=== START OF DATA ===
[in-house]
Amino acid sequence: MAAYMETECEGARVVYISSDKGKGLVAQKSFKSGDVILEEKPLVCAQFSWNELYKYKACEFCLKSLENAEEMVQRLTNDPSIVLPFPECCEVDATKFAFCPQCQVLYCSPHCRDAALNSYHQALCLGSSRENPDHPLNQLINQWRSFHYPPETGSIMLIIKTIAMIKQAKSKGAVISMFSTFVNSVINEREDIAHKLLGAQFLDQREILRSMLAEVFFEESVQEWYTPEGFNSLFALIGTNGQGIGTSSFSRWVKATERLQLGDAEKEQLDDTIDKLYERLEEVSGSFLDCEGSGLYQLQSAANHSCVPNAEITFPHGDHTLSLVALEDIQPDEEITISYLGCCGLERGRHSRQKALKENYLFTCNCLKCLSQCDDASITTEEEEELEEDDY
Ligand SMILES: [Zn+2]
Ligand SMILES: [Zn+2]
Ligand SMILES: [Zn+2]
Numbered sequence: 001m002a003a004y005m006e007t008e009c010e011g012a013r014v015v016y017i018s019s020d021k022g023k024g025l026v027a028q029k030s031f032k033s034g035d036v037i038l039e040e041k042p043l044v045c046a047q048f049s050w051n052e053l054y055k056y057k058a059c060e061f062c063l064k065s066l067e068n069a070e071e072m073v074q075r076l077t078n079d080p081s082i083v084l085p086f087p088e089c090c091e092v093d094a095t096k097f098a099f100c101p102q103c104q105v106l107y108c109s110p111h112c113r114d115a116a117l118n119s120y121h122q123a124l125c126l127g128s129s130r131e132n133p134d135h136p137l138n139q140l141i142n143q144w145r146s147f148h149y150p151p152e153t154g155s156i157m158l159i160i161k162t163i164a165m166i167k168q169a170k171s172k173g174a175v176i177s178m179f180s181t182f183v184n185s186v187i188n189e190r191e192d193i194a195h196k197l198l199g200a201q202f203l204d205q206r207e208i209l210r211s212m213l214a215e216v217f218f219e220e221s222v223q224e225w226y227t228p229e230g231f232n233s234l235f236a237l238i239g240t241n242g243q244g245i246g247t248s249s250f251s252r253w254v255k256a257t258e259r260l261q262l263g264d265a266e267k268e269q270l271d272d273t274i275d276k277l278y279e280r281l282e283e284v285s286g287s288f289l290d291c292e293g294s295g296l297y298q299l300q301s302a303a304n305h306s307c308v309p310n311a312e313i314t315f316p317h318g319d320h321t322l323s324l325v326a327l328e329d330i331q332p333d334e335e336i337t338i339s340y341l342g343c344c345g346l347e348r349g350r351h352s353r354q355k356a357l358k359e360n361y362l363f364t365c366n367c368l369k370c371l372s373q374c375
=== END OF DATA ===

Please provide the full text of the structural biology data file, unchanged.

[in-house]
Amino acid sequence: MAAYMETECEGARVVYISSDKGKGLVAQKSFKSGDVILEEKPLVCAQFSWNELYKYKACEFCLKSLENAEEMVQRLTNDPSIVLPFPECCEVDATKFAFCPQCQVLYCSPHCRDAALNSYHQALCLGSSRENPDHPLNQLINQWRSFHYPPETGSIMLIIKTIAMIKQAKSKGAVISMFSTFVNSVINEREDIAHKLLGAQFLDQREILRSMLAEVFFEESVQEWYTPEGFNSLFALIGTNGQGIGTSSFSRWVKATERLQLGDAEKEQLDDTIDKLYERLEEVSGSFLDCEGSGLYQLQSAANHSCVPNAEITFPHGDHTLSLVALEDIQPDEEITISYLGCCGLERGRHSRQKALKENYLFTCNCLKCLSQCDDASITTEEEEELEEDDY
Ligand SMILES: [Zn+2]
Ligand SMILES: [Zn+2]
Ligand SMILES: [Zn+2]
Numbered sequence: 001m002a003a004y005m006e007t008e009c010e011g012a013r014v015v016y017i018s019s020d021k022g023k024g025l026v027a028q029k030s031f032k033s034g035d036v037i038l039e040e041k042p043l044v045c046a047q048f049s050w051n052e053l054y055k056y057k058a059c060e061f062c063l064k065s066l067e068n069a070e071e072m073v074q075r076l077t078n079d080p081s082i083v084l085p086f087p088e089c090c091e092v093d094a095t096k097f098a099f100c101p102q103c104q105v106l107y108c109s110p111h112c113r114d115a116a117l118n119s120y121h122q123a124l125c126l127g128s129s130r131e132n133p134d135h136p137l138n139q140l141i142n143q144w145r146s147f148h149y150p151p152e153t154g155s156i157m158l159i160i161k162t163i164a165m166i167k168q169a170k171s172k173g174a175v176i177s178m179f180s181t182f183v184n185s186v187i188n189e190r191e192d193i194a195h196k197l198l199g200a201q202f203l204d205q206r207e208i209l210r211s212m213l214a215e216v217f218f219e220e221s222v223q224e225w226y227t228p229e230g231f232n233s234l235f236a237l238i239g240t241n242g243q244g245i246g247t248s249s250f251s252r253w254v255k256a257t258e259r260l261q262l263g264d265a266e267k268e269q270l271d272d273t274i275d276k277l278y279e280r281l282e283e284v285s286g287s288f289l290d291c292e293g294s295g296l297y298q299l300q301s302a303a304n305h306s307c308v309p310n311a312e313i314t315f316p317h318g319d320h321t322l323s324l325v326a327l328e329d330i331q332p333d334e335e336i337t338i339s340y341l342g343c344c345g346l347e348r349g350r351h352s353r354q355k356a357l358k359e360n361y362l363f364t365c366n367c368l369k370c371l372s373q374c375